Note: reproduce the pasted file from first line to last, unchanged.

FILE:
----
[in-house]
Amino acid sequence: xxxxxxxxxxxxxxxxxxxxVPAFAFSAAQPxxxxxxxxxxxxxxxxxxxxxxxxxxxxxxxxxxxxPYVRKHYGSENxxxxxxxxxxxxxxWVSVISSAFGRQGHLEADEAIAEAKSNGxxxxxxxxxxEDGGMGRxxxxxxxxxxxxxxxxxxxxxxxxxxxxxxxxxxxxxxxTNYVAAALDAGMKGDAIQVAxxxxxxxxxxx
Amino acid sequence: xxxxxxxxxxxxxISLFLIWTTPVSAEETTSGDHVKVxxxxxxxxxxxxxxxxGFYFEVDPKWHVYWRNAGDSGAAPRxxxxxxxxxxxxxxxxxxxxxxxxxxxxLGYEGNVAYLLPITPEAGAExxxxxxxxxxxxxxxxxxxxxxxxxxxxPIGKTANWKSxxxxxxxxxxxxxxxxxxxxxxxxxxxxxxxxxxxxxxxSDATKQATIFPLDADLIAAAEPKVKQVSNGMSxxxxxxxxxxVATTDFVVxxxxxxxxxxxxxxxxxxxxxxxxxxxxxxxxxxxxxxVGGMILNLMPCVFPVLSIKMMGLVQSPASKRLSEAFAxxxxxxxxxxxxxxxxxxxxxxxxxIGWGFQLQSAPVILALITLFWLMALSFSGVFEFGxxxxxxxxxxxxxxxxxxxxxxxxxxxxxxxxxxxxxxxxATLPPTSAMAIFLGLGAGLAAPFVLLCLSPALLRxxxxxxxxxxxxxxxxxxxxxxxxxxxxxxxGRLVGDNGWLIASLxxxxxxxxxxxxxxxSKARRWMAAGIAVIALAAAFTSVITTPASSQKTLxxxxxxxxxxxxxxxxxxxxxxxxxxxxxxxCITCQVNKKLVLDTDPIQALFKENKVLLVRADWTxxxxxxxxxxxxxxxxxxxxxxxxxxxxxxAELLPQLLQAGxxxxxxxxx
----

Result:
[in-house]
Amino acid sequence: xxxxxxxxxxxxxxxxxxxxVPAFAFSAAQPxxxxxxxxxxxxxxxxxxxxxxxxxxxxxxxxxxxxPYVRKHYGSENxxxxxxxxxxxxxxWVSVISSAFGRQGHLEADEAIAEAKSNGxxxxxxxxxxEDGGMGRxxxxxxxxxxxxxxxxxxxxxxxxxxxxxxxxxxxxxxxTNYVAAALDAGMKGDAIQVAxxxxxxxxxxx
Amino acid sequence: xxxxxxxxxxxxxISLFLIWTTPVSAEETTSGDHVKVxxxxxxxxxxxxxxxxGFYFEVDPKWHVYWRNAGDSGAAPRxxxxxxxxxxxxxxxxxxxxxxxxxxxxLGYEGNVAYLLPITPEAGAExxxxxxxxxxxxxxxxxxxxxxxxxxxxPIGKTANWKSxxxxxxxxxxxxxxxxxxxxxxxxxxxxxxxxxxxxxxxSDATKQATIFPLDADLIAAAEPKVKQVSNGMSxxxxxxxxxxVATTDFVVxxxxxxxxxxxxxxxxxxxxxxxxxxxxxxxxxxxxxxVGGMILNLMPCVFPVLSIKMMGLVQSPASKRLSEAFAxxxxxxxxxxxxxxxxxxxxxxxxxIGWGFQLQSAPVILALITLFWLMALSFSGVFEFGxxxxxxxxxxxxxxxxxxxxxxxxxxxxxxxxxxxxxxxxATLPPTSAMAIFLGLGAGLAAPFVLLCLSPALLRxxxxxxxxxxxxxxxxxxxxxxxxxxxxxxxGRLVGDNGWLIASLxxxxxxxxxxxxxxxSKARRWMAAGIAVIALAAAFTSVITTPASSQKTLxxxxxxxxxxxxxxxxxxxxxxxxxxxxxxxCITCQVNKKLVLDTDPIQALFKENKVLLVRADWTxxxxxxxxxxxxxxxxxxxxxxxxxxxxxxAELLPQLLQAGxxxxxxxxx